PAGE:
Nothing, of course, lasts forever in this world. New cultural centers arose that out-competed Gobekli Tepe over time, and new fashions swept across each capital promoted by those with much to gain. The bright light of Gobekli Tepe dimmed over time.
After three thousand years, Gobekli Tepe was deliberately buried to safeguard its history. Its inscriptions, which provide firsthand accounts of the most devastating catastrophe in the last 20 millennia, were hidden from a flood of marauders, looters, and others who trampled over it.
They were lost again until Klauss Schmidt rediscovered them in 1994. Twenty years after that, Paul Burley and Graham Hancock discovered the key that unlocked the secrets, allowing them to be deciphered correctly for the first time in 10,000 years.
Our "Fox" paper revealed that the animal symbols at Gobekli Tepe, in addition to snakes, represented constellations — the same constellations known in the West today. The snakes slashing or approaching the animal symbols represented meteors from the Taurid meteor stream. Another one of their pillars, Pillar 43, is especially significant since it may be analyzed using statistics. It is our Rosetta Stone. The inscription on this pillar is significant, as it very well may represent the date of the Younger Dryas Event itself, written in terms of precession of the equinoxes.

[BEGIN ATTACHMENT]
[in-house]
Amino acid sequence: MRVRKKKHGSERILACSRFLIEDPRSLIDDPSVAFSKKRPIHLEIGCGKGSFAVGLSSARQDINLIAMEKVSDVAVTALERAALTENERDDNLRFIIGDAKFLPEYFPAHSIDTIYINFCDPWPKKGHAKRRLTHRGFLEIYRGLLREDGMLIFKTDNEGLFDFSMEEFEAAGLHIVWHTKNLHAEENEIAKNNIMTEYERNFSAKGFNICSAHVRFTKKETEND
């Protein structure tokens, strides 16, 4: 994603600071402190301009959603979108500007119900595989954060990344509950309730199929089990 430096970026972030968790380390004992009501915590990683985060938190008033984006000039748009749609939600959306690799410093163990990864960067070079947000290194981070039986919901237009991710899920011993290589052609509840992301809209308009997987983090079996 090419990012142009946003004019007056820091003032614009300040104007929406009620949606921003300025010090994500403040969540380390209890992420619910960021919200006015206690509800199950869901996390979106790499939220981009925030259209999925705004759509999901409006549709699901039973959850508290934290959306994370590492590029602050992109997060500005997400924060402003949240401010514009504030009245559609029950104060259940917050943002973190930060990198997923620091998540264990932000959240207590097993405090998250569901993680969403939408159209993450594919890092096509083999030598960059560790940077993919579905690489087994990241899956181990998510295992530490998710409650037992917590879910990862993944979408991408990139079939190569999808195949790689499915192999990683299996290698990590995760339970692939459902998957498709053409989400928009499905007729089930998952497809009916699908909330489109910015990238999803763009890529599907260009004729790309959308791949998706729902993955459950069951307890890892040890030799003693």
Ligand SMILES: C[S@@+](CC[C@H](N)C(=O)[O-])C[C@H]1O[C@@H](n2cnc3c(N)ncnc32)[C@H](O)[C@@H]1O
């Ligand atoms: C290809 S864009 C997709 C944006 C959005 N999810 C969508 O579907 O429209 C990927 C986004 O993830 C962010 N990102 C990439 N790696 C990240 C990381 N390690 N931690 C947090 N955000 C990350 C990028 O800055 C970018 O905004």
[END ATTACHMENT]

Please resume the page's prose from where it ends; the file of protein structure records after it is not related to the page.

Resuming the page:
This pillar overturns long-held beliefs in scholarship. It is revolutionary. Most importantly, it demonstrates that ancient individuals were far more astute astronomers than previously assumed. It also suggests that Clube and Napier's coherent catastrophism, which postulates numerous calamitous comet impacts on Earth throughout the last 20,000 years or so, with perhaps more to come, is correct. Essentially, it urges us to be wary for the cosmos isn't as safe as we thought. "
Most academics in the Earth Sciences still adhere to the ‘uniformitarian' paradigm developed over two centuries ago by James Hutton, which assures us that our planet is safe from such catastrophic collisions. While the dinosaur-killing asteroid tale is popular, uniformitarianism asserts that such events could not have happened during human history. These occurrences are, so many people believe, as rare as fairies.
Staying Safe from Cataclysmic Events